JPAC Joint United Kingdom (UK) Blood Transfusion and Tissue Transplantation Services Professional Advisory Committee

10.4: Major haemorrhage in infants and children

There is little research evidence to underpin clinical guidelines for the management of children with major haemorrhage. In general, principles developed in adult practice have been extrapolated to the care of children (see Chapter 7). Well-rehearsed local protocols, excellent communication with the transfusion laboratory and involvement of appropriate senior staff with paediatric expertise are important elements of successful care.

Emergency group O RhD negative red cells should be rapidly available, with the option of moving to group-specific blood when the identity of the patient and the blood group have been verified. The transfusion laboratory should be informed of the age and (estimated) weight of the patient to guide selection of appropriate blood components. Age-specific components should be used if available in a clinically relevant time frame. Otherwise, the ‘next best’ adult component should be used until specialised products are available. Where red cell:FFP transfusion ratios are employed, the ratio should be based on volume (mL), rather than ‘units’. Once the patient has been stabilised by ‘damage control resuscitation’ and transfusion based on clinical signs, appropriate therapeutic targets (based on rapid return laboratory or near-patient testing) are: Hb 80 g/L; fibrinogen >1.0 g/L; PT ratio <1.5; platelet count >75×109/L.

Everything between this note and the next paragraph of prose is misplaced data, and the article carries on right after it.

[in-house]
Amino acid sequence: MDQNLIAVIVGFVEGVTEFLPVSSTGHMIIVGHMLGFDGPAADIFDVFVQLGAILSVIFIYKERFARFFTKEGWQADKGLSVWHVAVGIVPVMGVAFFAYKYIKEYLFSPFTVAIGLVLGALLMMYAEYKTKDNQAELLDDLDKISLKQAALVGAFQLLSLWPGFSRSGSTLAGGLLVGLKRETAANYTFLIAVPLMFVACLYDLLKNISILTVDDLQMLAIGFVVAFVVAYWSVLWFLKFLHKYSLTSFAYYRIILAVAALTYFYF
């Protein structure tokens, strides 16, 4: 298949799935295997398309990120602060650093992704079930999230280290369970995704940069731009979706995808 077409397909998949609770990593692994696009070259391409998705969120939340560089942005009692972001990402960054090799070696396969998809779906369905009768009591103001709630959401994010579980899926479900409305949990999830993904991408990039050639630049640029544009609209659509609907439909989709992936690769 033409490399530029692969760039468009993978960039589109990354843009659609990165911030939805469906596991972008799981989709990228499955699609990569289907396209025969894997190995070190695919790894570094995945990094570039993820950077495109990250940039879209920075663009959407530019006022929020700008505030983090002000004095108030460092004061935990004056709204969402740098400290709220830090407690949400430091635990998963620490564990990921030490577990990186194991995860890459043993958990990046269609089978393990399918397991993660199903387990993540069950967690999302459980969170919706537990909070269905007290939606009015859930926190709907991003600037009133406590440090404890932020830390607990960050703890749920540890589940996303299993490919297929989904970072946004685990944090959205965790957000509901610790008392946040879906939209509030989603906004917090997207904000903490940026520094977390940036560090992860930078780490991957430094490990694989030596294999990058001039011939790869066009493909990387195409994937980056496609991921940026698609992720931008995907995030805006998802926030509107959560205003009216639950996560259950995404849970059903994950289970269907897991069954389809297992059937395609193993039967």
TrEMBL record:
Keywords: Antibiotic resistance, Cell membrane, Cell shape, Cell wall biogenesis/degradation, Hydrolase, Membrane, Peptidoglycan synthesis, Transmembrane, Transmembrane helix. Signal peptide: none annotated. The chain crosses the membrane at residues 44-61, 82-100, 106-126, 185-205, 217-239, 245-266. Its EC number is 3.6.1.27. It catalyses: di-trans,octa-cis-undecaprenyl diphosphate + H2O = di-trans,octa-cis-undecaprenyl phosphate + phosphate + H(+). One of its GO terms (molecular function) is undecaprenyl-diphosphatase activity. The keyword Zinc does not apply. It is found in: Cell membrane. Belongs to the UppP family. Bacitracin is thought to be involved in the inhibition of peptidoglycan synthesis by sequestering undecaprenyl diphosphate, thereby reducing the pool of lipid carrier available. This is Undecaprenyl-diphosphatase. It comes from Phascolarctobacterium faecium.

Based on the CRASH-2 study in adults, the Royal College of Paediatrics and Child Health now recommends the use of tranexamic acid in children after major trauma in a dose of 15 mg/kg (maximum 1 000 mg) infused intravenously over 10 minutes followed by 2 mg/kg/h (maximum 125 mg/h) until bleeding is controlled.